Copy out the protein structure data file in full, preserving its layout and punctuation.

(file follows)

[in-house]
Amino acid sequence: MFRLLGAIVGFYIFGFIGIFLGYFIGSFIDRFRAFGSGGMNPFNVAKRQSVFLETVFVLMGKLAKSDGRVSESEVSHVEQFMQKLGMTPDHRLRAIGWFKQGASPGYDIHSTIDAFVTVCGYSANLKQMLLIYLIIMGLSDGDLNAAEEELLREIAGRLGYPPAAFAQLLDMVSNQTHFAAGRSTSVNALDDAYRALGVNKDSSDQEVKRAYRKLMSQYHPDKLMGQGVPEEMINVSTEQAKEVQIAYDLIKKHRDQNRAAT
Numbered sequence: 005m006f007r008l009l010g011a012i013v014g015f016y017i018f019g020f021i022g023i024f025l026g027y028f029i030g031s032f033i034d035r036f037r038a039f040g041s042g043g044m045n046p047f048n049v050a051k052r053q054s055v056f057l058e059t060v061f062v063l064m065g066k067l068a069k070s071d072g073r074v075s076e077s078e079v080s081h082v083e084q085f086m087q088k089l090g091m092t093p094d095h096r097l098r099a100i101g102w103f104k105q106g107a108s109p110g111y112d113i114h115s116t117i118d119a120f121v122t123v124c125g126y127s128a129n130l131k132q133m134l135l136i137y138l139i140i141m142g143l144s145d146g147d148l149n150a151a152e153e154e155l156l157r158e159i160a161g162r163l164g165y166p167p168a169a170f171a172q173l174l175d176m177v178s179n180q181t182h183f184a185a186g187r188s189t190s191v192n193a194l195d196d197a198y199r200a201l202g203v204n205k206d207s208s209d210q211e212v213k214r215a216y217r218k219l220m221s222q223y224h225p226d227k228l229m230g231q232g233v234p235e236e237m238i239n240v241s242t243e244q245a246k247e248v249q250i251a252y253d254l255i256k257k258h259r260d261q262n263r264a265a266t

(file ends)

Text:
[in-house]
Amino acid sequence: MFRLLGAIVGFYIFGFIGIFLGYFIGSFIDRFRAFGSGGMNPFNVAKRQSVFLETVFVLMGKLAKSDGRVSESEVSHVEQFMQKLGMTPDHRLRAIGWFKQGASPGYDIHSTIDAFVTVCGYSANLKQMLLIYLIIMGLSDGDLNAAEEELLREIAGRLGYPPAAFAQLLDMVSNQTHFAAGRSTSVNALDDAYRALGVNKDSSDQEVKRAYRKLMSQYHPDKLMGQGVPEEMINVSTEQAKEVQIAYDLIKKHRDQNRAAT
Numbered sequence: 005m006f007r008l009l010g011a012i013v014g015f016y017i018f019g020f021i022g023i024f025l026g027y028f029i030g031s032f033i034d035r036f037r038a039f040g041s042g043g044m045n046p047f048n049v050a051k052r053q054s055v056f057l058e059t060v061f062v063l064m065g066k067l068a069k070s071d072g073r074v075s076e077s078e079v080s081h082v083e084q085f086m087q088k089l090g091m092t093p094d095h096r097l098r099a100i101g102w103f104k105q106g107a108s109p110g111y112d113i114h115s116t117i118d119a120f121v122t123v124c125g126y127s128a129n130l131k132q133m134l135l136i137y138l139i140i141m142g143l144s145d146g147d148l149n150a151a152e153e154e155l156l157r158e159i160a161g162r163l164g165y166p167p168a169a170f171a172q173l174l175d176m177v178s179n180q181t182h183f184a185a186g187r188s189t190s191v192n193a194l195d196d197a198y199r200a201l202g203v204n205k206d207s208s209d210q211e212v213k214r215a216y217r218k219l220m221s222q223y224h225p226d227k228l229m230g231q232g233v234p235e236e237m238i239n240v241s242t243e244q245a246k247e248v249q250i251a252y253d254l255i256k257k258h259r260d261q262n263r264a265a266t